Due Diligence Handbook
This book brings together practical information on legislation, primary sources, codes and best practice guidance in one volume. A practical handbook for business directors who wish to minimise financial, legal and reputational risks. It combines all matters concerning corporate governance with due diligence issues and in doing so provides you with the information and tools you need to help you protect your business when under taking due diligence, particularly when making international acquisitions.
The book provides clear guidance and case studies to help all involved understand the complexity of issues and to demonstrate the detailed work that is necessary both to ensure that the benefits of an acquisition can be realised and that there are no unexpected problems, for example through damage to corporate reputation that more that offsets the targeted benefits.
As high profile business failures tarnish the reputation of international business it is essential that business responds by having the policies and practices in place in day-to-day operations and in particular, as this book demonstrates, when a major business development such as an acquisition is being implemented.
Following the initial era of codes in the UK and regulation in the USA and major debates as regards the best approach to corporate governance in the common law countries, controversy has developed over which approach is really more appropriate for business planning purposes and risk management.
Given the trend for many UK companies listed on the US market to de-list in favour of the more British approach to corporate governance and in light of more European corporate scandals this book provides a comparative analysis of the European frameworks for governance. The EU approach and the individual jurisdictions of Germany, Italy, the Netherlands and France, in terms of their practical success or failure (with case studies)is covered. With the debate over an EU Constitution and the political stance of Germany (under the Merkel leadership) during its Presidency to revive the Constitution the book assesses the EU approach generally at a time when the competitiveness of companies and key business sectors must consider the thrusting economies of India and China in particular. The link with competitiveness is an increasingly crucial matter.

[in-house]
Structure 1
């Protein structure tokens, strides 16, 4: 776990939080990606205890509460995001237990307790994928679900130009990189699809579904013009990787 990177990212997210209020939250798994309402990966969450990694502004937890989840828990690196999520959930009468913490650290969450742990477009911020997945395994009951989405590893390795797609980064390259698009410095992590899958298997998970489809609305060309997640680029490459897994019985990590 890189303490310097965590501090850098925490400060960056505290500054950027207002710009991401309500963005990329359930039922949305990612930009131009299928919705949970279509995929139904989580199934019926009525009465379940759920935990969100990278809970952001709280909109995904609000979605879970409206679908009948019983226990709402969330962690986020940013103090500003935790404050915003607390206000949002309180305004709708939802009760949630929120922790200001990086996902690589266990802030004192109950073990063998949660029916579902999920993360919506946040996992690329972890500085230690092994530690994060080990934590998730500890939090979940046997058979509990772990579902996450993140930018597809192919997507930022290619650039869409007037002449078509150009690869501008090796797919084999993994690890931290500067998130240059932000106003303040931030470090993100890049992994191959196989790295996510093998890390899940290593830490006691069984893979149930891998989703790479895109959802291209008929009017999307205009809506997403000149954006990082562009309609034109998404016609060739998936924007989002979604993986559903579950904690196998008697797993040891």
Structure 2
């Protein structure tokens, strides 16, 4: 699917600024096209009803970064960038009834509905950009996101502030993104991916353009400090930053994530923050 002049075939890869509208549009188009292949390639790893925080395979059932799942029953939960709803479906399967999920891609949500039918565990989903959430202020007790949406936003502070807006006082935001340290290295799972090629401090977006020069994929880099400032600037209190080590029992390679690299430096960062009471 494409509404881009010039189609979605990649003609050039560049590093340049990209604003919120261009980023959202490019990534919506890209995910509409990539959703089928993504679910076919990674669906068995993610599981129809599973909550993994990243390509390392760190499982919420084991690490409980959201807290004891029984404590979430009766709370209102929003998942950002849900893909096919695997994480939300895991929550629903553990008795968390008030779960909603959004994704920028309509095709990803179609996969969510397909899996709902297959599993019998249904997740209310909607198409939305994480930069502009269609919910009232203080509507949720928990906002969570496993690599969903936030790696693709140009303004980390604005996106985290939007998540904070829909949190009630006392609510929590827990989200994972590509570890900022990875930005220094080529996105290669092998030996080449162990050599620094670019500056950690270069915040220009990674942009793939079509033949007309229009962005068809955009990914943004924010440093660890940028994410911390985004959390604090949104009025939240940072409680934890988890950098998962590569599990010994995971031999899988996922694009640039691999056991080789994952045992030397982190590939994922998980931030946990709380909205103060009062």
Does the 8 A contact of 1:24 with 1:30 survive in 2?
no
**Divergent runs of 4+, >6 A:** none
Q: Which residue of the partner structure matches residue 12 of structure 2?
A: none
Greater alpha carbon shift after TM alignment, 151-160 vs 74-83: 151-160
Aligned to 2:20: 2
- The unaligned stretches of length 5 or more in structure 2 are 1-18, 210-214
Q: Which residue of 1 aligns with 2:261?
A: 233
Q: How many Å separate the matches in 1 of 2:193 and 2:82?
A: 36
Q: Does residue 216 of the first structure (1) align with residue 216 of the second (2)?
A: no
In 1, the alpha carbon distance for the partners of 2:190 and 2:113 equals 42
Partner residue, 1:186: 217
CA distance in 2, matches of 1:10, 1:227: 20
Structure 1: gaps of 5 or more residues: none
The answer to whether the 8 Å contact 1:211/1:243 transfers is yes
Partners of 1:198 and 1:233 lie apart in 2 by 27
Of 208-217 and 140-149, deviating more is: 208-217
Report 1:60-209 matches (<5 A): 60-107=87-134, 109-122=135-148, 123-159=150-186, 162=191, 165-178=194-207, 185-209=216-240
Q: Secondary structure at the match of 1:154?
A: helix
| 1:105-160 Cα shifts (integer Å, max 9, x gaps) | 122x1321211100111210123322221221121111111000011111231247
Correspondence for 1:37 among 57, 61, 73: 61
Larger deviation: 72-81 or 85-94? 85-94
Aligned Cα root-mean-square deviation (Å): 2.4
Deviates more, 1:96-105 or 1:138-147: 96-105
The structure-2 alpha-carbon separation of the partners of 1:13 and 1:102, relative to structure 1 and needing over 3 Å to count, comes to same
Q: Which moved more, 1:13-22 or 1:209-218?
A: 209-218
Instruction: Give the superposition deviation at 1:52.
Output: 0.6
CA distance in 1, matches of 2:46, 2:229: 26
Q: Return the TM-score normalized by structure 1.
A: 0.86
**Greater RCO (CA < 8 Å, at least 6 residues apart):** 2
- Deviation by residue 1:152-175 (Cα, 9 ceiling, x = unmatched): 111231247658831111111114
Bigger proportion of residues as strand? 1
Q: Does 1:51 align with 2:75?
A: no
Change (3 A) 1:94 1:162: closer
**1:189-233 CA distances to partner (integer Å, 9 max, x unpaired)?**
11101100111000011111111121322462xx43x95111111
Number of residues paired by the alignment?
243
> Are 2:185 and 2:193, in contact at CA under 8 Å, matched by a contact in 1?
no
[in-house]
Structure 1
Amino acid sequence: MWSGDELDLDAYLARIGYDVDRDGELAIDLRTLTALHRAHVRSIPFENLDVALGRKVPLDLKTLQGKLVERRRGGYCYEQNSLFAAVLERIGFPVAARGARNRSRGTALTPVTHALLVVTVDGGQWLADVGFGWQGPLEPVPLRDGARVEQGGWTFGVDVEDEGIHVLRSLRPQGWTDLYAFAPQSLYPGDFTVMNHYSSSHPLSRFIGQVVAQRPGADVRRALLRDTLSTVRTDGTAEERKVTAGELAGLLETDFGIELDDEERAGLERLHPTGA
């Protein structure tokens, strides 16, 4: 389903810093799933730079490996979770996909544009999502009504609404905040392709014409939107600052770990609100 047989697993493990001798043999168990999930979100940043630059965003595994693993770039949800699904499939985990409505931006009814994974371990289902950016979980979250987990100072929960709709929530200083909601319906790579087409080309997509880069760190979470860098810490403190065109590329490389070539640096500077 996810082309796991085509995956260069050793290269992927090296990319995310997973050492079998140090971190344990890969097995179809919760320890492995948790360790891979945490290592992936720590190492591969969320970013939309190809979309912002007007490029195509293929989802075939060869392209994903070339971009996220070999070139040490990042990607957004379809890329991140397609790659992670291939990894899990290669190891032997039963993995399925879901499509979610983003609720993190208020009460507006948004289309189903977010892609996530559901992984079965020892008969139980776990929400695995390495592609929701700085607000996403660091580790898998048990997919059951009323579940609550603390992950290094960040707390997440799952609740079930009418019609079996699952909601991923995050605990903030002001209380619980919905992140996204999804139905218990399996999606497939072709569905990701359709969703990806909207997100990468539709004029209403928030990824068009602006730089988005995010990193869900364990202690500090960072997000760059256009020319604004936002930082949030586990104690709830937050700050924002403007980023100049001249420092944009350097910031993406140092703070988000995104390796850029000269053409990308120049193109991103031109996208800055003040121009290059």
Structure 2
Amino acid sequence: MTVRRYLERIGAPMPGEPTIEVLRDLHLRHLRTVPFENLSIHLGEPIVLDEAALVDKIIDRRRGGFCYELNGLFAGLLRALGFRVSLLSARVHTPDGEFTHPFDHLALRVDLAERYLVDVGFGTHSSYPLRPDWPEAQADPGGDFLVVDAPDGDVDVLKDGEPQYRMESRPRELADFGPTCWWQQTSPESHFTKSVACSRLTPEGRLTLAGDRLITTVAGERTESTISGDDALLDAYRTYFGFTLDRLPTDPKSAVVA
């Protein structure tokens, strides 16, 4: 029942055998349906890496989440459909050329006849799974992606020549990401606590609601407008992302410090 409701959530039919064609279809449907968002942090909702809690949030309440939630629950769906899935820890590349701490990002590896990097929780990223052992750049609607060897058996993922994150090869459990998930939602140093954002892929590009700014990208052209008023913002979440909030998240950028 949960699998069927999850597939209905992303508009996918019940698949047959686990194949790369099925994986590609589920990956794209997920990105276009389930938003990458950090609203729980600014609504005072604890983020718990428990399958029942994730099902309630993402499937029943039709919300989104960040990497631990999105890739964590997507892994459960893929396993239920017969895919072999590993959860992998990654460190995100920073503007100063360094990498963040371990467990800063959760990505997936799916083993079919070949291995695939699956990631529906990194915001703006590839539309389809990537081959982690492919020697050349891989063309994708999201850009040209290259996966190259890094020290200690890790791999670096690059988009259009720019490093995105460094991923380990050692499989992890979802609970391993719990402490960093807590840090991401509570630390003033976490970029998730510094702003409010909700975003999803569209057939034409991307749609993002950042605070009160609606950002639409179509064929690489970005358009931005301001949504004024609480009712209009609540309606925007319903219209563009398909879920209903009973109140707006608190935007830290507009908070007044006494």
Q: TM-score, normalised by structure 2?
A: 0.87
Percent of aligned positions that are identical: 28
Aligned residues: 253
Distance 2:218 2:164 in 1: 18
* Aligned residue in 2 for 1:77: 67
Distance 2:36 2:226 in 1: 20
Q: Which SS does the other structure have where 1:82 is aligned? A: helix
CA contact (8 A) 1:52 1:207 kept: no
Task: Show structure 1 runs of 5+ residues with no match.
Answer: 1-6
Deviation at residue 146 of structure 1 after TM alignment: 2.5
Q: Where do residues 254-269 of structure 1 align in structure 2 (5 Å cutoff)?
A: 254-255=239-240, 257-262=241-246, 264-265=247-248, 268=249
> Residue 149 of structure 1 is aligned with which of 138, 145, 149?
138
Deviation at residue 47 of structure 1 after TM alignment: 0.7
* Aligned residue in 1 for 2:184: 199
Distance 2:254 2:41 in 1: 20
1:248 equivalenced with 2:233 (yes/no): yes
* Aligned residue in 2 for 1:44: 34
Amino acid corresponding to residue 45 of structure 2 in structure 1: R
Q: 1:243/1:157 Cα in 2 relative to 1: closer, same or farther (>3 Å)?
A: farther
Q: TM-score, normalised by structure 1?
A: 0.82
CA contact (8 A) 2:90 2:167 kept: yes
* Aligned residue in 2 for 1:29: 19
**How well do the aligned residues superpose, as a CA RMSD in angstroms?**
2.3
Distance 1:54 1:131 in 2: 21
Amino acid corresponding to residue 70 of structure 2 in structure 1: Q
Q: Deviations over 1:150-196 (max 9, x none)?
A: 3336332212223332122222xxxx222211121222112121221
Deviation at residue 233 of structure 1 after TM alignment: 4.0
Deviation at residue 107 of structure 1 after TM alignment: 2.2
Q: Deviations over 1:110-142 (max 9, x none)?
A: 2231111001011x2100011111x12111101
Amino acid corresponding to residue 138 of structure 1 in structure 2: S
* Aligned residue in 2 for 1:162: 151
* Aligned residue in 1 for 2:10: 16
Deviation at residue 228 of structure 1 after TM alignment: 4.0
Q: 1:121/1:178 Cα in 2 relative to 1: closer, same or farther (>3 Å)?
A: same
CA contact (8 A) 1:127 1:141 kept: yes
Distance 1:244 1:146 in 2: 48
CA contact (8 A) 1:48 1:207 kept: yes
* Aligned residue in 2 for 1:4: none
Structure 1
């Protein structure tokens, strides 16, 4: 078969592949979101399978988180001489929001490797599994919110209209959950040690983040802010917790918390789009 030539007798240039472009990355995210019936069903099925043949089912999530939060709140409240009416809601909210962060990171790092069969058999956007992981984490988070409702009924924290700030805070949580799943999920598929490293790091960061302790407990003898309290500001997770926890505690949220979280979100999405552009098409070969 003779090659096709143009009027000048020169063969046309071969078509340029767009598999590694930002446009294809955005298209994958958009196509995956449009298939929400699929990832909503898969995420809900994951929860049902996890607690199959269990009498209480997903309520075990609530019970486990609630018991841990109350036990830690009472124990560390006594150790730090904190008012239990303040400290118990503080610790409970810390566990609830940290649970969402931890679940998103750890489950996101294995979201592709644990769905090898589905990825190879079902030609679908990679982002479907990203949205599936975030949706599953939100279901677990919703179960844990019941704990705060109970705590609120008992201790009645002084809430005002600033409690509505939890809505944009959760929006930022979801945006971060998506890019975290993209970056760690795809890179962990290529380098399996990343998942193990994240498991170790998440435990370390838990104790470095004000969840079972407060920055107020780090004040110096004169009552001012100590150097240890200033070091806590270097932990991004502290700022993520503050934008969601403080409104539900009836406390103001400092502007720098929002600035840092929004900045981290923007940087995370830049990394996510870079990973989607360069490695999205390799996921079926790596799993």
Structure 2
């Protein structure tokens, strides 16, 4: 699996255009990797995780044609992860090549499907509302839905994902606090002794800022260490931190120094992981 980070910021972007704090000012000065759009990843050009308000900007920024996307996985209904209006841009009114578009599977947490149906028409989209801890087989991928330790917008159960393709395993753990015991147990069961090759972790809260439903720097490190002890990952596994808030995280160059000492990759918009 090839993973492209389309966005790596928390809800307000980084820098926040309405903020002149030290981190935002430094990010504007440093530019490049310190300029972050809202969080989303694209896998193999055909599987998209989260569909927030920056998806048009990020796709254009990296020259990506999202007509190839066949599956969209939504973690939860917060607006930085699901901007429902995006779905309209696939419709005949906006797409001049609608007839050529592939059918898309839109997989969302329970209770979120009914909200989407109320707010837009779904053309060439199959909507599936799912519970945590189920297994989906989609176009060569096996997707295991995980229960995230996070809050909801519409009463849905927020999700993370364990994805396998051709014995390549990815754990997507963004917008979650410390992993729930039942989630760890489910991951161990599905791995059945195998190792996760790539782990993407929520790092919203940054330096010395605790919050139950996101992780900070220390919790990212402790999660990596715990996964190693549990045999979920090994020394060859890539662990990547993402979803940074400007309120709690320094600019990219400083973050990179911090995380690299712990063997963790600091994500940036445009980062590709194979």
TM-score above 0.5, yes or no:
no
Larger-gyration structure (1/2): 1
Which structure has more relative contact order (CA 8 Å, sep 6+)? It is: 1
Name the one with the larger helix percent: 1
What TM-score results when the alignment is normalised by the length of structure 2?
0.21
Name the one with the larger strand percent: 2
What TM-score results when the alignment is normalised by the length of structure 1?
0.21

In connection with due diligence, the book provides an update of the business world in light of the world’s economy and links corporate governance, risk management and business planning to reflect such business, political and regulatory trends and changes.
In recent years there has been much comment and feedback on the effectiveness of the Sarbanes-Oxley approach to corporate governance and many updates on business ethics and sustainability issues, which this book also covers in the context of due diligence. In addition, since there has been a major shift in business awareness to develop, or be seen to develop, a more enlightened approach to climate change coverage of this area is include in the book in the appropriate context of governance, risk management and business planning, as well as the trends in different parts of the world (USA (and some others v many others!). There are case studies within the book on how business is operating in order to respond to this issue with an international dimension and comparison. The whole debate over being carbon neutral has impacted on the airline industry in particular and has relevance to how industry sectors should balance the interests of the different stakeholders and cope with rather fast attitude changes of the media and public (and the regulators).
The importance of energy security has raised key competitiveness issues of major interest and commercial significance. Moreover the angle of fraud in this sector has become more evident. The area of energy security within this book is tied into ethical accounting, fraud, risk etc. and economic crime. These new areas can be set against the background issue of how much of this comes into play with due diligence. How far is this now part of risk management in todays business world.
New legislation is covered in terms of developments with the UK Companies Act and Directors? duties with an increasing need to understand reputational concerns and off balance sheet values since the withdrawal of OFR.